Organizers launch Collective to embrace Obama Presidential Library and Foundation and to negotiate innovative measures for community wealth building.
Chicago, IL—(ENEWSPF)—May 12, 2015. Leading community development practitioners on Chicago’s south side united to propose a package of community benefits in its June 2014 response to the Barack Obama Foundation request for submissions. The benefits proposal of the Bronzeville Regional Collective culminates now as the President and First Lady have announced their commitment to building their historic institutions within the south side community which cultivated them. In keeping with the First Family’s commitment to strengthening America’s middle-class families, the Bronzeville Regional Collective aims for a comprehensive south side master plan which sustains and expands home and business ownership, solid neighborhood education, and preservation of cultural heritage. The Collective welcomes working with the City, the Foundation, institutional and neighbor stakeholders, and investors who will coalesce to manifest the Obama vision.
The Library and Foundation offer a new way forward in the development of black communities, including systems of accountability to Great Migration communities – including those on Chicago’s west side. The Bronzeville Regional Collective plan focuses on building community wealth by:
designating the Obama Presidential Library & Foundation within the Black Metropolis National Heritage Area where it will catalyze and circulate new income;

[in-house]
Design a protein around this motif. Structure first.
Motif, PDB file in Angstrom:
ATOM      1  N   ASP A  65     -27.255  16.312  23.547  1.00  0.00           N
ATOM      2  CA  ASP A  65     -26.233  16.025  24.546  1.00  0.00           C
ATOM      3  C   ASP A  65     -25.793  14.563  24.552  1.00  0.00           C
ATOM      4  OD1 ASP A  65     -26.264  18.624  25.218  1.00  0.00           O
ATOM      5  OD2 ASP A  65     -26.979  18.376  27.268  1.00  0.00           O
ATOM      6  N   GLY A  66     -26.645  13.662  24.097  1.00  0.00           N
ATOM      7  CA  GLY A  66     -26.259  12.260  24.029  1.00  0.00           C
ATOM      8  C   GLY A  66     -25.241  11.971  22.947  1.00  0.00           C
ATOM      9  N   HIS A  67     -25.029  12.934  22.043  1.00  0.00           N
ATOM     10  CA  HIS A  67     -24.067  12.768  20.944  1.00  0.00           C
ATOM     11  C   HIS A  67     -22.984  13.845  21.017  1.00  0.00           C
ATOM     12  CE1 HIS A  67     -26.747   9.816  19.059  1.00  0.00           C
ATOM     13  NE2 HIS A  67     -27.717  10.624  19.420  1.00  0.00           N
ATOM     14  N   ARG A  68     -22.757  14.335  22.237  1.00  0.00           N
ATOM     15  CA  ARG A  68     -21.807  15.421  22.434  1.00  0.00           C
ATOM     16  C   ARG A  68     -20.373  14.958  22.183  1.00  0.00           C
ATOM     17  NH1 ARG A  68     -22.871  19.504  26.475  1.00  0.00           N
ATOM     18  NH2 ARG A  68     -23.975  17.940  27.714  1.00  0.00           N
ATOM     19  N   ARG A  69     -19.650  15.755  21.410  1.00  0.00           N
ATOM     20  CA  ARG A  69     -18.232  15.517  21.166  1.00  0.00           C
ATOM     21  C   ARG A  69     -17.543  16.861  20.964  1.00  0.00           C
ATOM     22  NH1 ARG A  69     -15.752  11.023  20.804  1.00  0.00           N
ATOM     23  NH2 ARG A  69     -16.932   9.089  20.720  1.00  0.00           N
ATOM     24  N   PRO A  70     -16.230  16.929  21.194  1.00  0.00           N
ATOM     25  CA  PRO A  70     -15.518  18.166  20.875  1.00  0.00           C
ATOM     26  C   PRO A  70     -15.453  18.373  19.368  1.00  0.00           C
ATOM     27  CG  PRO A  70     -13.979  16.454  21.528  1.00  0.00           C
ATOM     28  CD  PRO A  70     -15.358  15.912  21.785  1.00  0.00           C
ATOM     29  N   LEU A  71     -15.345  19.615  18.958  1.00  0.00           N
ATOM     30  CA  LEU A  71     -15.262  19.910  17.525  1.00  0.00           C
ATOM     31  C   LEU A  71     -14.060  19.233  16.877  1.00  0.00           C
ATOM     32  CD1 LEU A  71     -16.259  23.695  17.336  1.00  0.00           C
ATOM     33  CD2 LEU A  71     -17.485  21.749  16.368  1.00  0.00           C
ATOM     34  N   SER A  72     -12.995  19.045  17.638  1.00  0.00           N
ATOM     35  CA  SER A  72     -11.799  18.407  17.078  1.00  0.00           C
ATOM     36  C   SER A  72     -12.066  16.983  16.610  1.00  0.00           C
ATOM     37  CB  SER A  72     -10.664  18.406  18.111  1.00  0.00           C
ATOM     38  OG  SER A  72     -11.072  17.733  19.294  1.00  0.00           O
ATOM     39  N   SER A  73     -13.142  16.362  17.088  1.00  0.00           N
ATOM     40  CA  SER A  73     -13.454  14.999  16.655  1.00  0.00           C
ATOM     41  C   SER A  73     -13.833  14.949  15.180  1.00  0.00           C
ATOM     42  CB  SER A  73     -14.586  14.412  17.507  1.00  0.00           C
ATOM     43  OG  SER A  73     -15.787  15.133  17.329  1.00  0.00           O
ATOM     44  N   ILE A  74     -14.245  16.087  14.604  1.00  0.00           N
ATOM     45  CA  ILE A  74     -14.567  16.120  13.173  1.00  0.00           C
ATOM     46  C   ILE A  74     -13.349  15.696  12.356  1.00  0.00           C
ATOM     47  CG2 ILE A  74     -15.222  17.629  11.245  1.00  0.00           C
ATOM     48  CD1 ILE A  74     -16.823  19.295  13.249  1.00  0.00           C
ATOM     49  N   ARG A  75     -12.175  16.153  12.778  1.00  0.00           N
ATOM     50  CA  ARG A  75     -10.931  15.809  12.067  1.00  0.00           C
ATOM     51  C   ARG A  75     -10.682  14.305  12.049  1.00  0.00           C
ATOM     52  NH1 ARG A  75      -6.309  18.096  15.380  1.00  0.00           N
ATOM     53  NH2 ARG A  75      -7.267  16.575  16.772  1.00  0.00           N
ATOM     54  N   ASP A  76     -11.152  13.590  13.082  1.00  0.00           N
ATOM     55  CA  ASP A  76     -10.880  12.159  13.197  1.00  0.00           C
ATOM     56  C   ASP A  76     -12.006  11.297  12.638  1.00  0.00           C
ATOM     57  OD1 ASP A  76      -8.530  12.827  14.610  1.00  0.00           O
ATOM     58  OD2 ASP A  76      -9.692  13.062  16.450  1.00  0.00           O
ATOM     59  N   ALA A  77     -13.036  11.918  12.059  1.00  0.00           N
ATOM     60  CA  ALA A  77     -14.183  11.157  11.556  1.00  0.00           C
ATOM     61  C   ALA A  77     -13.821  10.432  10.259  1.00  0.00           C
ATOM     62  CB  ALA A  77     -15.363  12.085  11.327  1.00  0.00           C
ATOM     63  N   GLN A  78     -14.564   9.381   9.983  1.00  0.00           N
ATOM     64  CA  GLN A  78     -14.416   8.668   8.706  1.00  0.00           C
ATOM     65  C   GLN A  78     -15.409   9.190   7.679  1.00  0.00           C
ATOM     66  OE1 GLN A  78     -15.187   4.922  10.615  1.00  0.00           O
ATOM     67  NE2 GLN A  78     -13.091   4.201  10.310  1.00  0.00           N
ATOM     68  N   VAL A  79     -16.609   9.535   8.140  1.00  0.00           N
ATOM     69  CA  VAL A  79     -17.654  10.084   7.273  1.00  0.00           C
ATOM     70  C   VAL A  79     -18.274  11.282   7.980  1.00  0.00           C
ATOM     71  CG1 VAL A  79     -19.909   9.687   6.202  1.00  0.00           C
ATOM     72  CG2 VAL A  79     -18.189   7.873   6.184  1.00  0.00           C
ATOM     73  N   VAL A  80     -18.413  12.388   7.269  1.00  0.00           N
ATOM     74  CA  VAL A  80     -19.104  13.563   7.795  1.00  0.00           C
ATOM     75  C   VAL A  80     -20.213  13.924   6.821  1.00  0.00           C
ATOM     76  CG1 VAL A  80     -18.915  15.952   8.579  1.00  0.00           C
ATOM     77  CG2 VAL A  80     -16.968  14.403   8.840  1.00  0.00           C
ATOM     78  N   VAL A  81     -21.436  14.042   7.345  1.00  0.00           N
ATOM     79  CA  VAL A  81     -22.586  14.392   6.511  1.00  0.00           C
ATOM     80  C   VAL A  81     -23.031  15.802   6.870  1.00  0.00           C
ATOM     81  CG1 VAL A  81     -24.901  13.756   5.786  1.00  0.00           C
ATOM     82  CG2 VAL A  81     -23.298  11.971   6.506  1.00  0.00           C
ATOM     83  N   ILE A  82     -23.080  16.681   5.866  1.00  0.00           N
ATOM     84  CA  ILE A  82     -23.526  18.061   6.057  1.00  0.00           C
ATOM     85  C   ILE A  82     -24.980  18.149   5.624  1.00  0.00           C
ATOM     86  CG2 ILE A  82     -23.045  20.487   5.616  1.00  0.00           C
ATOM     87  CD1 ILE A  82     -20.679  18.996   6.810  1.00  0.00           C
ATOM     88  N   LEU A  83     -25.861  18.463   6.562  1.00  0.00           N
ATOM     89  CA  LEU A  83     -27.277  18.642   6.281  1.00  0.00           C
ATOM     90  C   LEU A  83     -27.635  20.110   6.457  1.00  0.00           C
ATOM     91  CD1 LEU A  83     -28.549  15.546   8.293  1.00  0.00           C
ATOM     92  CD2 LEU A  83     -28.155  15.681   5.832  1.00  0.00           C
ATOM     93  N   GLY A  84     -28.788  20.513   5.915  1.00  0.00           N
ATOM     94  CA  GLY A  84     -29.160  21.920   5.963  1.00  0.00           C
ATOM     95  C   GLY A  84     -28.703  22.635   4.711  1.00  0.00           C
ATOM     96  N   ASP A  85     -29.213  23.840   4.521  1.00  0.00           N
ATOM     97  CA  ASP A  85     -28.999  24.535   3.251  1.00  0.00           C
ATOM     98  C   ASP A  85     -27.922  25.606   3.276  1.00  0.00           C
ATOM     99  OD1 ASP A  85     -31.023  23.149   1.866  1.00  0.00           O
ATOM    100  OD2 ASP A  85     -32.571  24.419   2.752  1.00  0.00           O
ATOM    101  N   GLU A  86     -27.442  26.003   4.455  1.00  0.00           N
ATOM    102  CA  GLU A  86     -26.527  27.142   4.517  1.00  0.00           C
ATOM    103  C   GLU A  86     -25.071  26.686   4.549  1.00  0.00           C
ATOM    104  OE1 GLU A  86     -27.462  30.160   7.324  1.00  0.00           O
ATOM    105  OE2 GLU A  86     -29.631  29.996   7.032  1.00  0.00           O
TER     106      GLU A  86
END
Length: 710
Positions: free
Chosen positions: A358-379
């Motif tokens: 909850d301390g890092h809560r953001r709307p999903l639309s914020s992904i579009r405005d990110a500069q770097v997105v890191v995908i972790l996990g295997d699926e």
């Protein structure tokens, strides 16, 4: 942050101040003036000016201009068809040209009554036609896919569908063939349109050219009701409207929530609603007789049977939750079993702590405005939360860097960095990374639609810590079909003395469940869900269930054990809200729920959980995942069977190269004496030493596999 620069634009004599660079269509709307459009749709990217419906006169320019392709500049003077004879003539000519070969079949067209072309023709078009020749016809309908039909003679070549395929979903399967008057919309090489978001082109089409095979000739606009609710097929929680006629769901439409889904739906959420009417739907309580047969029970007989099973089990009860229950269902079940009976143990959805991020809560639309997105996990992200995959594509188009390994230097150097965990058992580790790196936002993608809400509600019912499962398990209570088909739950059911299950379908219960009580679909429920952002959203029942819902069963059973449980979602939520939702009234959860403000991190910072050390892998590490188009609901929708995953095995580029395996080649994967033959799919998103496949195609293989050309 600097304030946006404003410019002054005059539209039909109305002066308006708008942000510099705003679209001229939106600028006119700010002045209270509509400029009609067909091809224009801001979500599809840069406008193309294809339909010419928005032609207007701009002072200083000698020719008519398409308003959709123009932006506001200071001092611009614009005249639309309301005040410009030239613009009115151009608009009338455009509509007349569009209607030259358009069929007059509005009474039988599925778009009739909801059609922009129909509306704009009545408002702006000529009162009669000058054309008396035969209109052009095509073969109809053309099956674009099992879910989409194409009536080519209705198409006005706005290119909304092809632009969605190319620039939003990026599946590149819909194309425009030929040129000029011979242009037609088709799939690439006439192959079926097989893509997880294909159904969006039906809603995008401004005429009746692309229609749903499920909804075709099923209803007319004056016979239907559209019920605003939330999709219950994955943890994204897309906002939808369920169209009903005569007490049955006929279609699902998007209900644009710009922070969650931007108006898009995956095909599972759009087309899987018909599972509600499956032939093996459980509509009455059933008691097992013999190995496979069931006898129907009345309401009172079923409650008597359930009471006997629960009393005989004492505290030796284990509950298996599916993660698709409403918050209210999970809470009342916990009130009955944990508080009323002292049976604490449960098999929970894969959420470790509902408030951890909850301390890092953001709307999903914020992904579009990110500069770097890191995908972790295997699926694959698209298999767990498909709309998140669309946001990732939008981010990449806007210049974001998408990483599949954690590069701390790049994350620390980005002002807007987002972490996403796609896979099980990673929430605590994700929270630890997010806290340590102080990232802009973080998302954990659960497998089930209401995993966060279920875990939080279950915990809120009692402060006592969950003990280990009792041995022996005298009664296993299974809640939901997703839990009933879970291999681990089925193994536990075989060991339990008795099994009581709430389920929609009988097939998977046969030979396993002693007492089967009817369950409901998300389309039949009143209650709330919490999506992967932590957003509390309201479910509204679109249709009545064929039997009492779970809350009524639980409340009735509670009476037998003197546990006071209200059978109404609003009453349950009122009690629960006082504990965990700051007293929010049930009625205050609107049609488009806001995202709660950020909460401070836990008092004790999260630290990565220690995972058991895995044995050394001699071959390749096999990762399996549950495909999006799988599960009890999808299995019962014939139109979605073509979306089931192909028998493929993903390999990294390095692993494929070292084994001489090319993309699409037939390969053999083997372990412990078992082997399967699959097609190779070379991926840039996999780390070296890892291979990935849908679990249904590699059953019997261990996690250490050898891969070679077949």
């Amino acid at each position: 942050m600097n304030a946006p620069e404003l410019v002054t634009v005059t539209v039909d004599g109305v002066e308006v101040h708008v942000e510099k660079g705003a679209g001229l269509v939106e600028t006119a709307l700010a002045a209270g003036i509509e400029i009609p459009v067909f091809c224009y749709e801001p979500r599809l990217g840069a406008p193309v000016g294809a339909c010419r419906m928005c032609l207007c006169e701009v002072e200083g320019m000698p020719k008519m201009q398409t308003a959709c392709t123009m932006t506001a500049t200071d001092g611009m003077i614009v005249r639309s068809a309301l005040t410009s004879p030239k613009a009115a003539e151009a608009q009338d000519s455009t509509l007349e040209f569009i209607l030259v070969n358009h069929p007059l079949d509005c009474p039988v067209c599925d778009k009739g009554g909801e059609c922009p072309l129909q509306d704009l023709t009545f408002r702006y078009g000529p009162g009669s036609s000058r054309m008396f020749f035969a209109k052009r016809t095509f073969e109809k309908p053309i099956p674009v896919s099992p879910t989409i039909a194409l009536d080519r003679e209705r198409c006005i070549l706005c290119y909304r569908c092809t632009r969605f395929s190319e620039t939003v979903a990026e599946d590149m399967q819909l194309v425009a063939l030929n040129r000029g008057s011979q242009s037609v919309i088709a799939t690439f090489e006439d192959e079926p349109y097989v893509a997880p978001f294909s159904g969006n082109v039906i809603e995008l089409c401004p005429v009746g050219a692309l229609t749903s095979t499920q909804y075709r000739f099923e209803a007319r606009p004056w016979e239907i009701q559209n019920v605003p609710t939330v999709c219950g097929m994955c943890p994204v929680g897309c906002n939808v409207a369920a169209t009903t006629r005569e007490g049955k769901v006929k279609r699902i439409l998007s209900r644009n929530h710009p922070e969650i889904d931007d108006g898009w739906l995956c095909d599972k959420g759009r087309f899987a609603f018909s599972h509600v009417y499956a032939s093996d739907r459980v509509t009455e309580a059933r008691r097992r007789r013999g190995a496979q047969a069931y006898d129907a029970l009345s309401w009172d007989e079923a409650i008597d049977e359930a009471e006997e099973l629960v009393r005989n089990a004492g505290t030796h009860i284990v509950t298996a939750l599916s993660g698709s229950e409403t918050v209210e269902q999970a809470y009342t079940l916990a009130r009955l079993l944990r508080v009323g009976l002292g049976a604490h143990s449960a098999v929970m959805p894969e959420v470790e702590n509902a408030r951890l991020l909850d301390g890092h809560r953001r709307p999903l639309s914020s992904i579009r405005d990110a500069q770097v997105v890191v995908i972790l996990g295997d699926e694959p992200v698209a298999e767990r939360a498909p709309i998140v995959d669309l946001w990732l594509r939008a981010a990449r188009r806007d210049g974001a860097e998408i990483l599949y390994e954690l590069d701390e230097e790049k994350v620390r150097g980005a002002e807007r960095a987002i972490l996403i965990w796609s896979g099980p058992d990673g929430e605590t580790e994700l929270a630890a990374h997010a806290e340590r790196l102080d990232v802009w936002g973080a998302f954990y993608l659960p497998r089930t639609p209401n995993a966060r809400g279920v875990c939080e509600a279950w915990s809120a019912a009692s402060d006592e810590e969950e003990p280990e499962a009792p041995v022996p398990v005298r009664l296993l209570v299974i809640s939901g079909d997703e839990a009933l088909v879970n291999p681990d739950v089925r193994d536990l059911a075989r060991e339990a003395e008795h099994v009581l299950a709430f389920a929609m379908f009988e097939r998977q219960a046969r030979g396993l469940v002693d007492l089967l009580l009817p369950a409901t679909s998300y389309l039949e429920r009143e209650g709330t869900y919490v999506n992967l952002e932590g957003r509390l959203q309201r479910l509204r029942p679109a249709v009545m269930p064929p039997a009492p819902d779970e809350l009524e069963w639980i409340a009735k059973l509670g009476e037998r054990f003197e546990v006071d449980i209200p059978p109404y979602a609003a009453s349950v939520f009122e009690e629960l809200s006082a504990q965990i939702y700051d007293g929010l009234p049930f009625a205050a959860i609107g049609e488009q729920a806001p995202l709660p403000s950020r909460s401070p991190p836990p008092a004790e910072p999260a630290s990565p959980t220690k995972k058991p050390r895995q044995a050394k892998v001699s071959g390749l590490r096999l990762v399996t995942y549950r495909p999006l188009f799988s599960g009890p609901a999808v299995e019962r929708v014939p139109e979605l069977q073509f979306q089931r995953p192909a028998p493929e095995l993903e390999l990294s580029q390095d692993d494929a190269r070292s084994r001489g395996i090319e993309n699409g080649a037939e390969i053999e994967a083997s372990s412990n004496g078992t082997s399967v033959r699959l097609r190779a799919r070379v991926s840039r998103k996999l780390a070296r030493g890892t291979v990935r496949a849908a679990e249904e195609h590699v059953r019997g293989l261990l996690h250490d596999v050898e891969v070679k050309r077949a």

supporting and creating local businesses, with a priority on increasing the rate at which black-owned businesses are created and sustained;
increasing development of rental and owned housing affordable to middle-income families, and establishing legal protections against displacement for residents;
monitoring enterprise and construction hires, and especially trade apprentice sponsorships to ensure breakthrough metrics;
creating a Community Impact Fund which makes significant capital available for senior homeowners, neighbor-investors, small business start-ups, and community-based initiatives;
completing a comprehensive feasibility study for a south side Level 1 or 2 Trauma Center;
and ensuring the voice and authority of Bronzeville Regional communities to determine the policies, practices, and payments designed for their benefit as their communities are redeveloped.